In an expansive practice, Ebony G. Patterson (b. 1981 Kingston, Jamaica) addresses visibility and invisibility, through explorations of class, race, gender, youth culture, pageantry and acts of violence, within the context of “post-colonial” spaces. Entrancing and colourful, Patterson’s works command the viewer to look beyond their rich formal characteristics and to acknowledge the realities of social injustice. Entourage (2010), the first piece from Patterson’s ‘Fambily’ series of photographic installations (2010-13), explores the role of the gang as a surrogate family – a complex structure whose positive elements are usually ignored.
Maja Ruznic (b. 1983 Bosnia & Hercegovina) is primarily a painter, drawing on personal and collective memories to create works that deeply connect with human psyche. Ruznic deftly weaves themes of trauma and suffering with mythology and healing, softening the darker subject matter in her work. This softening is then applied to the process of painting, where blurring and allowing shapes to bleed into one another symbolically destabilizes borders. Mother (2020) draws on Ruznic’s memory of the day she was reunited with her mother after fleeing Bosnia with her grandparents at the start of the Bosnian war in April 1992. The painting evokes the feelings and memories of that day – the figure’s arms are stretched out, longingly reaching towards something.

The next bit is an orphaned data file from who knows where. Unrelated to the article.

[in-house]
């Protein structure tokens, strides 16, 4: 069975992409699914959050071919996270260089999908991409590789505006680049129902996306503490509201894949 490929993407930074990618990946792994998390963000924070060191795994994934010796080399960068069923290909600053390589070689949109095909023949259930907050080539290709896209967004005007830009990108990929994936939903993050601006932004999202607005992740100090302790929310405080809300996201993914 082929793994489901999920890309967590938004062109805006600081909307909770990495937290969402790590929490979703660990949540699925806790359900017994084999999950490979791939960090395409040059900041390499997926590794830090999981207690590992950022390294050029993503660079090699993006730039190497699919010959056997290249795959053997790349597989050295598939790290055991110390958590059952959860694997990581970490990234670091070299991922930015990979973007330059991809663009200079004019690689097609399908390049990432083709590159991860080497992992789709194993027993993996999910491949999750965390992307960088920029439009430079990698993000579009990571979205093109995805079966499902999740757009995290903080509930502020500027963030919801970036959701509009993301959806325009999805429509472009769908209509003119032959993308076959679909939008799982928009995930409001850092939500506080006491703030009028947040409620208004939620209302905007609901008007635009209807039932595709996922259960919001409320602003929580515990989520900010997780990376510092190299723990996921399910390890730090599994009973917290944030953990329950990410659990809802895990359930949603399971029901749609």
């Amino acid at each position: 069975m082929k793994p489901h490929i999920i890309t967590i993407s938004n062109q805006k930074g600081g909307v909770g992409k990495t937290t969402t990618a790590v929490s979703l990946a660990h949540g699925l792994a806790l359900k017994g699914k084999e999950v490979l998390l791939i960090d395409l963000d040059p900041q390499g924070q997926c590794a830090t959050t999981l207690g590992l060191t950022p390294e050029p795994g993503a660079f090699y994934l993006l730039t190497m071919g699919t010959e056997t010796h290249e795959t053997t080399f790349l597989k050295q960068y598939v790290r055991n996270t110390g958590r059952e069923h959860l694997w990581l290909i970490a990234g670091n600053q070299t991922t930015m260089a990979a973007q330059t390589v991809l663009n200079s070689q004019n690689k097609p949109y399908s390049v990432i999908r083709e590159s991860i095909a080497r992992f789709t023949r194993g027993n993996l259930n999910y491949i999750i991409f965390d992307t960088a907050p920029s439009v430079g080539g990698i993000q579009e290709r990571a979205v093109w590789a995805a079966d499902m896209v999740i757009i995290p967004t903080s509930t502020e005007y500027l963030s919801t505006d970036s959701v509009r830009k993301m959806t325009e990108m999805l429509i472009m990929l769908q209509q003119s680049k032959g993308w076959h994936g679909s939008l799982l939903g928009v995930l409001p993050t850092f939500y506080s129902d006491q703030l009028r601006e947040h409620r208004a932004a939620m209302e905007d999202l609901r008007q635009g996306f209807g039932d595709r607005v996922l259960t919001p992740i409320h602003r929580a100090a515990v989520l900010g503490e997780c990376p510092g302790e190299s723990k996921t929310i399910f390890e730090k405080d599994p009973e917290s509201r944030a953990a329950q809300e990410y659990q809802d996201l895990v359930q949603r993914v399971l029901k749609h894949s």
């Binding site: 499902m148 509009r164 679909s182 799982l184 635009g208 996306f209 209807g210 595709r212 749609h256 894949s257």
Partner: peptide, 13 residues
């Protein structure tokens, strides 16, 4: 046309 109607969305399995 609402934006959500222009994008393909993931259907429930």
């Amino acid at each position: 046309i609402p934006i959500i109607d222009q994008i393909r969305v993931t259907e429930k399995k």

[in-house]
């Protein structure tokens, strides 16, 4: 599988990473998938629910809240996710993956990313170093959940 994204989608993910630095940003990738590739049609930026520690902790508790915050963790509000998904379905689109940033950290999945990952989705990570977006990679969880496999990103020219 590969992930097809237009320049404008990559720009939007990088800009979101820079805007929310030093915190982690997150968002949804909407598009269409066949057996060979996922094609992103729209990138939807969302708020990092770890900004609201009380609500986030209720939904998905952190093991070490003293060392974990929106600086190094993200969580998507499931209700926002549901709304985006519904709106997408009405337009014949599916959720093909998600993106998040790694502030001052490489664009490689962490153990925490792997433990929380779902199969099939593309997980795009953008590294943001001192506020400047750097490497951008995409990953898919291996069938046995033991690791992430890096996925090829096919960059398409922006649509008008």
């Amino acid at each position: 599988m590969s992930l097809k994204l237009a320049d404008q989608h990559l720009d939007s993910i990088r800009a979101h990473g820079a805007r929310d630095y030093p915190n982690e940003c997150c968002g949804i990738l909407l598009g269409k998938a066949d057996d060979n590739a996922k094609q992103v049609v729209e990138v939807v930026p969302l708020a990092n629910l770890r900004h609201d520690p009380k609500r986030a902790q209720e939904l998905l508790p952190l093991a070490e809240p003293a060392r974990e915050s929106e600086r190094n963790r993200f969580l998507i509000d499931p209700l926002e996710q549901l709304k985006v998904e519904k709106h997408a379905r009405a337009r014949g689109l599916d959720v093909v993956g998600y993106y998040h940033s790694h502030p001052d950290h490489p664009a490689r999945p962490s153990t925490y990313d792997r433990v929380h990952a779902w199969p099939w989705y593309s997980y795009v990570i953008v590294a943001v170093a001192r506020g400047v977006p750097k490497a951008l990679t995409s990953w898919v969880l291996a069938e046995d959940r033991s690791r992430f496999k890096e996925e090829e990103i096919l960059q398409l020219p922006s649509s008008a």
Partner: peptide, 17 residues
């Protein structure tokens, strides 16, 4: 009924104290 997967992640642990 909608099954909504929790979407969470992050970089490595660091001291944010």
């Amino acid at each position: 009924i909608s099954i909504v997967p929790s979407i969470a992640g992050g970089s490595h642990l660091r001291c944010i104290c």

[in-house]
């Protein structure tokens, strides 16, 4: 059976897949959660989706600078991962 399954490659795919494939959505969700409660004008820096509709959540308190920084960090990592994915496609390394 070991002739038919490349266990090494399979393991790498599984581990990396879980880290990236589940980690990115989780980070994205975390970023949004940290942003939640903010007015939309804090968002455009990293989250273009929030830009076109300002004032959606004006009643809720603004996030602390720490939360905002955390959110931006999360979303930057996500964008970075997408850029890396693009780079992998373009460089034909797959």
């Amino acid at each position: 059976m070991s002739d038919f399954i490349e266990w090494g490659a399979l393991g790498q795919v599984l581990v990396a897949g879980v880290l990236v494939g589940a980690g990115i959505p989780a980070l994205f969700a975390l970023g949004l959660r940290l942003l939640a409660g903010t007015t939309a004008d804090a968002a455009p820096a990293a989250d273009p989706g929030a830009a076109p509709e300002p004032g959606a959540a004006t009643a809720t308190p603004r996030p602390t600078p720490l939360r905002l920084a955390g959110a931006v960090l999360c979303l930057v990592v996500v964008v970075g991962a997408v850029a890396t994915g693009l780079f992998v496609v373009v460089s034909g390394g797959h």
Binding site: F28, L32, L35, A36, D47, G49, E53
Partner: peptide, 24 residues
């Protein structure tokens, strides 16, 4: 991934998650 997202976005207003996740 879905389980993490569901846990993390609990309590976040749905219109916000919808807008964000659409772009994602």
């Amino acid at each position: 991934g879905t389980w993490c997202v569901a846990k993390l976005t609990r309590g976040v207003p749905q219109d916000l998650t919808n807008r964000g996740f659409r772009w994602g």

Gray Wielebinski (b. 1991 Dallas, TX, USA) reconfigures and transforms the iconography and visual codes of sports and mainstream media to explore themes of identity, mythology, nationhood, memory, gender and sexuality. Reconfiguring and transforming iconography and visual codes, their work seeks to navigate and question society’s frameworks and belief systems. Wielebinski deftly confronts realities in order to imagine and propose alternatives. In recent collages, Wielebinski puts together new forms and ways of embodiment, questioning what makes a body more than the sum of its parts. They dissect figures, directly challenging our obsession with ‘reading’ bodies – in their intuitive combination of body parts, they make new creatures.
Over a career spanning five decades, Mary Webb (B. 1939 London, UK) has mastered the interrelationship of colour in her complex geometric paintings. The works featured in this presentation exemplify a practice committed to formal abstraction. Meticulously planned, each piece balances subtle interplays of colour with compositions that avoid one focal point, through her exploration of diagonal compositions. Rooting the work in place, Webb often titles her series with the name of specific locations. She has the sensibility of a landscapist, drawing inspiration from the places she travels to, registering colour, shape and shifting light. At the core of her work lies the considered relationship between formal elements, rendering the world around her as a timeless abstraction.